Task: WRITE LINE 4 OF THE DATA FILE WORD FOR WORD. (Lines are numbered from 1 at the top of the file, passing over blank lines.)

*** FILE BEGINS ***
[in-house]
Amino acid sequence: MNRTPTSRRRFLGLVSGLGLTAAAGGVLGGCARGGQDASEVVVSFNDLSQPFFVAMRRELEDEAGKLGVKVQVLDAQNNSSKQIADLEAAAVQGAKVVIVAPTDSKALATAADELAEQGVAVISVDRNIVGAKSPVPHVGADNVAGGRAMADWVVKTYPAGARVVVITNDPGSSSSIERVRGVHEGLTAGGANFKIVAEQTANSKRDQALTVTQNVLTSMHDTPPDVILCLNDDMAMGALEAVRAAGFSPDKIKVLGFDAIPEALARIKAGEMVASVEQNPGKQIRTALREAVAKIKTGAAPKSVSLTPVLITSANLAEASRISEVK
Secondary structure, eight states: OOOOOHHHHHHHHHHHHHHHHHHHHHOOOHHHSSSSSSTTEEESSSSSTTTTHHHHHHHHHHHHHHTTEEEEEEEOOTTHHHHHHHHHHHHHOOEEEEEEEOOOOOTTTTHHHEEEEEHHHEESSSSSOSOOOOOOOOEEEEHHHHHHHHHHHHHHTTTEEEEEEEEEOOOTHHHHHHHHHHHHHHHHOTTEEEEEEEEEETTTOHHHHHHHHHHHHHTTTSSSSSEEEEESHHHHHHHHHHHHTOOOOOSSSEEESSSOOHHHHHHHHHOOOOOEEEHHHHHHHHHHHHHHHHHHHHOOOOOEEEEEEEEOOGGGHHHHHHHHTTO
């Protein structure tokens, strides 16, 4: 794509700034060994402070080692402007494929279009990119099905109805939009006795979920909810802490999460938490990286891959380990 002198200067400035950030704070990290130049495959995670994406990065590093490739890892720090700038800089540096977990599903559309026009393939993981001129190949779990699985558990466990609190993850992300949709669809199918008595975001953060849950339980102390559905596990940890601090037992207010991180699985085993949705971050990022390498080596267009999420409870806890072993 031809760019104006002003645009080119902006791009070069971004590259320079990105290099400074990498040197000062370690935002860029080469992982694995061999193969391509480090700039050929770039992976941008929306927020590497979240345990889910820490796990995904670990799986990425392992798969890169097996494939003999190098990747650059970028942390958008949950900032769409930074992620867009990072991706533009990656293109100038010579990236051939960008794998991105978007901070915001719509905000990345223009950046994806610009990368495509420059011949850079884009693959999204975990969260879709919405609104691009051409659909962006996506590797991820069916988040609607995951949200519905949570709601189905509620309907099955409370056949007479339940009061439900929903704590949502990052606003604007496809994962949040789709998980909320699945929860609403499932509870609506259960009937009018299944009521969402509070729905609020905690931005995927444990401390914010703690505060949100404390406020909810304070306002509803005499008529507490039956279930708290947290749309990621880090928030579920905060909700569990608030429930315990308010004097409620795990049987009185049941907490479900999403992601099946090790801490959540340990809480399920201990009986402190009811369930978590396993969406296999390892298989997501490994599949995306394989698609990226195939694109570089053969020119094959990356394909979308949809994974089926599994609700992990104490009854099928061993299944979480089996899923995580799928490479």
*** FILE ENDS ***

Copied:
């Protein structure tokens, strides 16, 4: 794509700034060994402070080692402007494929279009990119099905109805939009006795979920909810802490999460938490990286891959380990 002198200067400035950030704070990290130049495959995670994406990065590093490739890892720090700038800089540096977990599903559309026009393939993981001129190949779990699985558990466990609190993850992300949709669809199918008595975001953060849950339980102390559905596990940890601090037992207010991180699985085993949705971050990022390498080596267009999420409870806890072993 031809760019104006002003645009080119902006791009070069971004590259320079990105290099400074990498040197000062370690935002860029080469992982694995061999193969391509480090700039050929770039992976941008929306927020590497979240345990889910820490796990995904670990799986990425392992798969890169097996494939003999190098990747650059970028942390958008949950900032769409930074992620867009990072991706533009990656293109100038010579990236051939960008794998991105978007901070915001719509905000990345223009950046994806610009990368495509420059011949850079884009693959999204975990969260879709919405609104691009051409659909962006996506590797991820069916988040609607995951949200519905949570709601189905509620309907099955409370056949007479339940009061439900929903704590949502990052606003604007496809994962949040789709998980909320699945929860609403499932509870609506259960009937009018299944009521969402509070729905609020905690931005995927444990401390914010703690505060949100404390406020909810304070306002509803005499008529507490039956279930708290947290749309990621880090928030579920905060909700569990608030429930315990308010004097409620795990049987009185049941907490479900999403992601099946090790801490959540340990809480399920201990009986402190009811369930978590396993969406296999390892298989997501490994599949995306394989698609990226195939694109570089053969020119094959990356394909979308949809994974089926599994609700992990104490009854099928061993299944979480089996899923995580799928490479």